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Hip Replacement Surgery Frequently Asked Questions
Hip replacement is a surgical procedure performed to remove the diseased or damaged parts of the hip joint and replace them with new artificial parts, called prosthesis. The aim of a hip replacement is usually to gain pain relief from a diseased arthritic hip, and as a result to improve a person’s quality of life
The hip joint is located where the upper end of the thigh bone meets the hip bone. A ball at the end of the thigh bone fits in a socket in the hip bone to allow a wide range of movement.
Hip replacement is a very common procedure. In England and Wales there are approximately 160,000 total hip and knee replacement procedures performed each year. Approximately the same number of hip and knee joints are replaced.
Advances in surgical techniques and technologies over the last decades have revolutionised hip replacement surgery to allow more patients to consider treatment sooner and regain a better quality of life.
A traditional hip replacement usually takes around 60 to 90 minutes to complete. It is usually carried out under a spinal anaesthetic, whereby you are numbed from the waist down. Most people prefer to receive some sedation as well. Alternatively, sometimes a general anaesthetic can be used.
Once you’ve been anaesthetised, Mr Webb will make an incision over the side of your hip to remove and replace the damaged ball and socket with artificial parts.
The prosthesis can be plastic (polyethylene), metal or ceramic, used in different combinations, the commonest including:
• metal-on-plastic (poly)(a metal ball with a plastic socket) is the most widely used and tried and tested combination.
• ceramic-on-plastic (poly) (a ceramic ball with a plastic socket) or ceramic-on-ceramic (ball and socket are ceramic). Both these combinations are often used in younger and more active patients due to their hard wearing nature.
The artificial joint components can be held in place by being:
• cemented – the prosthesis is secured to healthy bone using a special tough cement.
• uncemented – the surfaces of the implants are roughened or specially treated to encourage the existing healthy bone to grow onto them and hold them in place. Bone is a living substance and, as long as it’s strong and healthy, it’ll continue to renew itself over time and provide a long-lasting bond. This method is used especially in younger, more active patients.
If you have hip joint damage or disease with persistent pain symptoms that interfere with your daily activities then you may be a candidate for hip replacement surgery.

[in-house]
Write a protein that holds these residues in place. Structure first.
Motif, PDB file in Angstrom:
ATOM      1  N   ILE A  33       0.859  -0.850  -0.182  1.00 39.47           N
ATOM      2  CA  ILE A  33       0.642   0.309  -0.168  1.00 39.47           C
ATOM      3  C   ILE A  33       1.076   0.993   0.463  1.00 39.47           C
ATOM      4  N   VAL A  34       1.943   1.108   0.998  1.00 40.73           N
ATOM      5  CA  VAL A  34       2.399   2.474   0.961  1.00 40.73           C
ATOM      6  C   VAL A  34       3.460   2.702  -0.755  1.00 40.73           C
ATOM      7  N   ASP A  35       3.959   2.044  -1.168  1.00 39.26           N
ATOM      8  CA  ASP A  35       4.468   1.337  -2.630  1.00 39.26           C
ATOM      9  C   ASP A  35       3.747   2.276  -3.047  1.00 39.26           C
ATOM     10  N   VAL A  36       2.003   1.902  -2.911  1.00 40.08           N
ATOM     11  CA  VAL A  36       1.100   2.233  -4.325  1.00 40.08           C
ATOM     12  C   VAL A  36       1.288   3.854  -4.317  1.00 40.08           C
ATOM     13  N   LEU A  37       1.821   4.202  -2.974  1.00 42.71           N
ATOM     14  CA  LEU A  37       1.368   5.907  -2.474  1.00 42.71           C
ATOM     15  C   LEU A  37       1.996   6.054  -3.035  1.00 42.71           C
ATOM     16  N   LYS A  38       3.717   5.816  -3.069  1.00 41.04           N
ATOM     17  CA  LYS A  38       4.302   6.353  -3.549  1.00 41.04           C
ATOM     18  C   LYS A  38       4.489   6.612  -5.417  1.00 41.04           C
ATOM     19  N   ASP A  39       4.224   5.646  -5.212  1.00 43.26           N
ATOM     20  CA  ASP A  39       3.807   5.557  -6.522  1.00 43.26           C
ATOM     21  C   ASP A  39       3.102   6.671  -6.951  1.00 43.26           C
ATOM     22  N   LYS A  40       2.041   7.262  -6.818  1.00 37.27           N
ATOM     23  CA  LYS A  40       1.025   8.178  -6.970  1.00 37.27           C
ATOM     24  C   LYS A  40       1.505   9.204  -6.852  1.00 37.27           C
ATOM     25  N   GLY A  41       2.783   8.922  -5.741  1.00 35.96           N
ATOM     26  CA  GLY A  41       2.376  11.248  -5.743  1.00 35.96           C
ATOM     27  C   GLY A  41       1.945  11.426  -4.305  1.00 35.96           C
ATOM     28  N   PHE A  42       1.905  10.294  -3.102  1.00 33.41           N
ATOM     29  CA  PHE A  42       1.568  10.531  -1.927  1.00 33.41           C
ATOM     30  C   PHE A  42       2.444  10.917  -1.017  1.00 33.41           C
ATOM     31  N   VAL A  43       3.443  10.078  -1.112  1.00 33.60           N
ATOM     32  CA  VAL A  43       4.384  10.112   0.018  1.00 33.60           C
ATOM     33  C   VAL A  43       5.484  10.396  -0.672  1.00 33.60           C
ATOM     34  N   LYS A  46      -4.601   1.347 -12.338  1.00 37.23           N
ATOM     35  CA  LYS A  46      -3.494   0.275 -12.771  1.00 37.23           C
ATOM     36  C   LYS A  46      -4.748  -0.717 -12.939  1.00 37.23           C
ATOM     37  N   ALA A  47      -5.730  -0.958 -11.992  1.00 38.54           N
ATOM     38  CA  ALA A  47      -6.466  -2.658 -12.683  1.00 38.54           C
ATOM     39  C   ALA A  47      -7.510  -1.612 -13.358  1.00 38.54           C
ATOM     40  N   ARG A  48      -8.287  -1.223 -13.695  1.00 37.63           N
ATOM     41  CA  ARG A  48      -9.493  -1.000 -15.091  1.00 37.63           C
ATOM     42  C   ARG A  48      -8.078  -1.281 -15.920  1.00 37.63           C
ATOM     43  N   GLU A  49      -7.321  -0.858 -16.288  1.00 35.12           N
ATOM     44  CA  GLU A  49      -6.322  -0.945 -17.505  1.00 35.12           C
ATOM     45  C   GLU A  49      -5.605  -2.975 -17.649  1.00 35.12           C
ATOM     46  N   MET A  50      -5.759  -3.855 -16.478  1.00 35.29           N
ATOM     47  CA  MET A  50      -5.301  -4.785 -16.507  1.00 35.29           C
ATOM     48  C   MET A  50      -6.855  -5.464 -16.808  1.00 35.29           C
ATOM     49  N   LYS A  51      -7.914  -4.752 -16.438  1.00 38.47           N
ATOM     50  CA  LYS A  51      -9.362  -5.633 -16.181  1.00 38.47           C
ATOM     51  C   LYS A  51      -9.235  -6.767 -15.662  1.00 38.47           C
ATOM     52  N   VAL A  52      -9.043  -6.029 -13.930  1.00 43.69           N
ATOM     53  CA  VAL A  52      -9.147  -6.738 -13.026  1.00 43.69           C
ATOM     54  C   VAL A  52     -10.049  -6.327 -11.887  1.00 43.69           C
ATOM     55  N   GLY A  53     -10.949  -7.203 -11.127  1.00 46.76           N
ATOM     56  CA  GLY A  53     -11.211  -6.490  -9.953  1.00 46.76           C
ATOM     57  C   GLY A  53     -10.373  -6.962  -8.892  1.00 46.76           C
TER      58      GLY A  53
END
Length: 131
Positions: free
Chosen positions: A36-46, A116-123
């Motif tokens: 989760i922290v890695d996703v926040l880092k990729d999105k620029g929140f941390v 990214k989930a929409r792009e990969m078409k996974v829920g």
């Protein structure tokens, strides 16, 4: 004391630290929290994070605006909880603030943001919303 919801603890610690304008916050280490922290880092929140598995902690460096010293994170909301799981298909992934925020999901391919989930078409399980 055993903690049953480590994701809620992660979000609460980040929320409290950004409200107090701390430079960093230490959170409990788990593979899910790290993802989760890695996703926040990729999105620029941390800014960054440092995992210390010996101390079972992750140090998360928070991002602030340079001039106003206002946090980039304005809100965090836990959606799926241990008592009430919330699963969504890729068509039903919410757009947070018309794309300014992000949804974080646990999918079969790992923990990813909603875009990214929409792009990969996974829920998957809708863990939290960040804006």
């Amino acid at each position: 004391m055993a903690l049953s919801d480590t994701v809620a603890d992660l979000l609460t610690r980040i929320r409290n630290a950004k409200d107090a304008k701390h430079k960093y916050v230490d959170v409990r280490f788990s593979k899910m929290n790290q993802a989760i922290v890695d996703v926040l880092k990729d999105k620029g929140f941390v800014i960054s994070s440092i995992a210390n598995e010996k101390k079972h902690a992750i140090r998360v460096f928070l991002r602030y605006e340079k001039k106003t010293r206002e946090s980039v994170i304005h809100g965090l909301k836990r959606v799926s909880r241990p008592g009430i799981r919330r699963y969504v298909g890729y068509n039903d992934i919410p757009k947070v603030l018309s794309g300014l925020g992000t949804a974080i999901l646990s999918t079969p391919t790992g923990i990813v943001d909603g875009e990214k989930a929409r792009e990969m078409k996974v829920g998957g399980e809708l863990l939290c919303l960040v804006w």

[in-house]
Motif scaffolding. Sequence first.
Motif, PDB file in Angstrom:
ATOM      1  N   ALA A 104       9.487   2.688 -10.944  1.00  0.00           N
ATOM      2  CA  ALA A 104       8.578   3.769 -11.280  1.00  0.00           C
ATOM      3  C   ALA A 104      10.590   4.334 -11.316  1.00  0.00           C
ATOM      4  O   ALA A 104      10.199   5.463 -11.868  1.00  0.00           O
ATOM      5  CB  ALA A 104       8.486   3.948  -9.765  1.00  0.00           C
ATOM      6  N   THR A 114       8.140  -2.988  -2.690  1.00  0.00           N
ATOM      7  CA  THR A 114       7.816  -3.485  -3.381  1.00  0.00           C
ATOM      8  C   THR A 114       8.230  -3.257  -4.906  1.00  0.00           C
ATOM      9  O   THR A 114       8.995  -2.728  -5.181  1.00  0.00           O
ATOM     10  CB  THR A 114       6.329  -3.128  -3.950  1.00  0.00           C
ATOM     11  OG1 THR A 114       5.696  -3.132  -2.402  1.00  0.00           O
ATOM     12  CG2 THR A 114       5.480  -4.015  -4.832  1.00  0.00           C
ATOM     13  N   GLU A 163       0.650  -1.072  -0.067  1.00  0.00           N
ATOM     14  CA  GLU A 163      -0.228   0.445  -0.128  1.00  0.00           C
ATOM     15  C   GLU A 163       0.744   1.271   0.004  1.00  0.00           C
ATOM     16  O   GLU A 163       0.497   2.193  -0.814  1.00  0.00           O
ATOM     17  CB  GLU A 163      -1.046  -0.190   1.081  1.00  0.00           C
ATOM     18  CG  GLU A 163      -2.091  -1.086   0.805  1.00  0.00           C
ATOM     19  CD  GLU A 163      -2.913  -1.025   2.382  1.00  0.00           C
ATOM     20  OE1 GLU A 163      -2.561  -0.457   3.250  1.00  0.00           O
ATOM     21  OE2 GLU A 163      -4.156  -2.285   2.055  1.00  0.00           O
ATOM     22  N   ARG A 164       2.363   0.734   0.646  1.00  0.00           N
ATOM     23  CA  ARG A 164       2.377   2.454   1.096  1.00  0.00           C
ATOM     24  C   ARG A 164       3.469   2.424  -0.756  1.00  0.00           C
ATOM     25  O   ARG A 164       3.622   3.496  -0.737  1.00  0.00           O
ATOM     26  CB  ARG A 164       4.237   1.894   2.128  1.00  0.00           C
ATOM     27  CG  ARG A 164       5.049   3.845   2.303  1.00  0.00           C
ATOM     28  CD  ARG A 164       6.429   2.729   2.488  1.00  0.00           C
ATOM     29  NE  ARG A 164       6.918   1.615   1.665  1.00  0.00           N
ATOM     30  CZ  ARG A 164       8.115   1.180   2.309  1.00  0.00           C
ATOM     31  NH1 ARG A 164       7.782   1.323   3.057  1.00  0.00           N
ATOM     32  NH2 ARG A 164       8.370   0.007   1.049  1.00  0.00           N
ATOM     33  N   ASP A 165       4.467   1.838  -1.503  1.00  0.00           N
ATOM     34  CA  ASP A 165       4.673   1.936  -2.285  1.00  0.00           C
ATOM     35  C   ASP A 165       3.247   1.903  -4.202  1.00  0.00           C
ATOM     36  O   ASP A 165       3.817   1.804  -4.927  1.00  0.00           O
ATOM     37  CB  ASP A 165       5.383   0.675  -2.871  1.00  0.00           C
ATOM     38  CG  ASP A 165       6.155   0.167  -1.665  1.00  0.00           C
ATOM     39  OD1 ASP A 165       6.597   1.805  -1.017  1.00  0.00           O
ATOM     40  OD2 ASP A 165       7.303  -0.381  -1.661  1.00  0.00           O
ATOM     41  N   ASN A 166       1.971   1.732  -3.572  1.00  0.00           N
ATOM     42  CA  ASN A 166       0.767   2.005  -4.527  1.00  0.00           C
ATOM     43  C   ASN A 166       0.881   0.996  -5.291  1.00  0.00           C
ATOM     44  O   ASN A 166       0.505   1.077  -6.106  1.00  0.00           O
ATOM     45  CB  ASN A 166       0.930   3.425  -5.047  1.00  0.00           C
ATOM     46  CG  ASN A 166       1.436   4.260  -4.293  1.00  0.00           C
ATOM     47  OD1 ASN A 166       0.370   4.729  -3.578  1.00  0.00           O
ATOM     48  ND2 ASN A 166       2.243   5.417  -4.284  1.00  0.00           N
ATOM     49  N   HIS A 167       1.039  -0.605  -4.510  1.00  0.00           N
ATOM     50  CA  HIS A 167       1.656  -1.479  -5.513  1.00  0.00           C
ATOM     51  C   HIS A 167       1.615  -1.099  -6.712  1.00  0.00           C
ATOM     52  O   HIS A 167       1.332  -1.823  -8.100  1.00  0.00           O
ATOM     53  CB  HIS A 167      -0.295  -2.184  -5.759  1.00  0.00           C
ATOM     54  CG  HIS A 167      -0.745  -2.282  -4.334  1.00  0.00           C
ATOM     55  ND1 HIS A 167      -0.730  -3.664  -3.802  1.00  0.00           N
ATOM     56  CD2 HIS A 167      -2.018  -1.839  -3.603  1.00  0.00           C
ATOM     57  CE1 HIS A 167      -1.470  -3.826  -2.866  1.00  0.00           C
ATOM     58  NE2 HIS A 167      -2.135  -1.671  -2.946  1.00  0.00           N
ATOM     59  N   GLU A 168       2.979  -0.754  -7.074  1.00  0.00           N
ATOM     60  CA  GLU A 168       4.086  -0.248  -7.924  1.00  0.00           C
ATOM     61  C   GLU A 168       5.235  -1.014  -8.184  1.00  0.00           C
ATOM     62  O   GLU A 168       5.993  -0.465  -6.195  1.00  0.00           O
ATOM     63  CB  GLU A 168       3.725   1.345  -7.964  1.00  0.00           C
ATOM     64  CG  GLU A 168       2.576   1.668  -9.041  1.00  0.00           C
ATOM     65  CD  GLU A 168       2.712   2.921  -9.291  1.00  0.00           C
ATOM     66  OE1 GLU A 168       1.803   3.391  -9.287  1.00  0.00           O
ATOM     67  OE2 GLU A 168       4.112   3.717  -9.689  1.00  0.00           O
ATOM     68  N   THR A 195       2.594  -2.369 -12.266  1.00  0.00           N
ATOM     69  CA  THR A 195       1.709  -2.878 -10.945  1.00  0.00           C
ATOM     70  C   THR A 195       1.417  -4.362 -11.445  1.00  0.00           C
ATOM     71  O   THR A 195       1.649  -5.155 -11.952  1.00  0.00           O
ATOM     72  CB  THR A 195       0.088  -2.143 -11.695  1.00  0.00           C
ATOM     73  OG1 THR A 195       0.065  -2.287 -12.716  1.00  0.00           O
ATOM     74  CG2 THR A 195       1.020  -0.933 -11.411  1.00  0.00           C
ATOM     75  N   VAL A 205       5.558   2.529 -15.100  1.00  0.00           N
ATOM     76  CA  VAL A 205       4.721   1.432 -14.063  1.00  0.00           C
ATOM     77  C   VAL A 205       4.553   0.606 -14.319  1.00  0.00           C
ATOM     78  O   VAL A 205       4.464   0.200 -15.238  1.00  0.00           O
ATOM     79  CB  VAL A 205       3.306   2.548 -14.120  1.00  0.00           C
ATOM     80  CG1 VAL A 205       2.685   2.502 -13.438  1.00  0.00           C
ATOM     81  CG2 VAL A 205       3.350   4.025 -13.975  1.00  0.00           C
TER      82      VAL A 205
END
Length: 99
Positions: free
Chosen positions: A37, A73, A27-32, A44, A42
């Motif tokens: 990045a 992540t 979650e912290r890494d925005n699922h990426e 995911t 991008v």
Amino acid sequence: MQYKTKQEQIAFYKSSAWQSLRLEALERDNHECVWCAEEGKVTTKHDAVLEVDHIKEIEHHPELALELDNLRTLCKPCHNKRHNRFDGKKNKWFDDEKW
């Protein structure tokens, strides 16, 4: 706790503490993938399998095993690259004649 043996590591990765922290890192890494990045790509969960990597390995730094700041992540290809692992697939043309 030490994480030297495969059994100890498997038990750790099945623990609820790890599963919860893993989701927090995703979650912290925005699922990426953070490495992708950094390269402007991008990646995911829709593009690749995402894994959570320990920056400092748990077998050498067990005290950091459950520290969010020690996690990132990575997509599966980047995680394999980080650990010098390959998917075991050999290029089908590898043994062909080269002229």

Mr Webb will discuss the best options of pain relief for you and if you should consider a hip replacement.
Some common reasons why a hip joint can become damaged include:
• osteoarthritis – known as “wear and tear arthritis”. The cartilage (a tough, flexible tissue that acts as a shock absorber and mould) inside a hip joint becomes worn away and causes the bones to rub against each other. Osteoarthritis is the most common cause of this type of damage².
• rheumatoid arthritis- caused by the immune system. The body mistakenly attacks the lining of the joint whilst trying to defend the body against infection resulting in pain,stiffness and swelling
• hip fracture – a fall or similar accident can severely damage the hip joint so that a replacement is required.
Hip replacement surgery aims to increase your mobility and improve the function of your hip joint to relieve pain and ultimately improve the quality of your life. Many people find that their life is transformed as they regain their mobility and independence without the pain they suffered before their hip replacement.
The risk of serious complications during and after hip replacement surgery is low, estimated to be less than 1 in a 100. These include blood clots (deep vein thrombosis and pulmonary embolism) and infection. The most common complication of a hip replacement is that something goes wrong with the joint, which can include:
• loosening of your joint – caused by your prosthesis becoming loose in the hollow of your thigh bone or thinning of your bone around the implant.
• hip dislocation – the ball can become dislodged from the socket if the hip is placed in certain positions.
• wear and tear – particles can wear off your artificial joint surfaces and be absorbed by surrounding tissue and cause loosening of your joint.
Further complications of a hip replacement can include injuries to the blood vessels or nerves, a fracture and differences in leg length, ongoing pain, or future revision surgery. These are only generalised and it is important that you discuss with Mr Webb your own individual risk profile and concerns before you decide on surgery
There are some non-surgical options that can be effective in helping you to avoid or delay hip replacement surgery.
Pain killers, such as paracetamol and ibuprofen, can help control your pain. A walking stick can make walking easier. An exercise program can strengthen the muscles around the hip joint and help to reduce stiffness. A steroid injection into the hip joint can sometimes reduce pain and stiffness. However if your pain worsens and becomes unmanageable then hip replacement surgery may be the best option for you. It sis impoetant to discuss all the options before making a decision on the best way forward for you
An artificial hip joint is designed to last for at least 15 years. However it could wear out or go wrong in some way before this time and then further surgery is required to repair or replace the joint, known as revision surgery.
Other hip joints can last a lot longer than 15 years. It is estimated that around 1 in 10 people with an artificial hip will require revision surgery at a later date.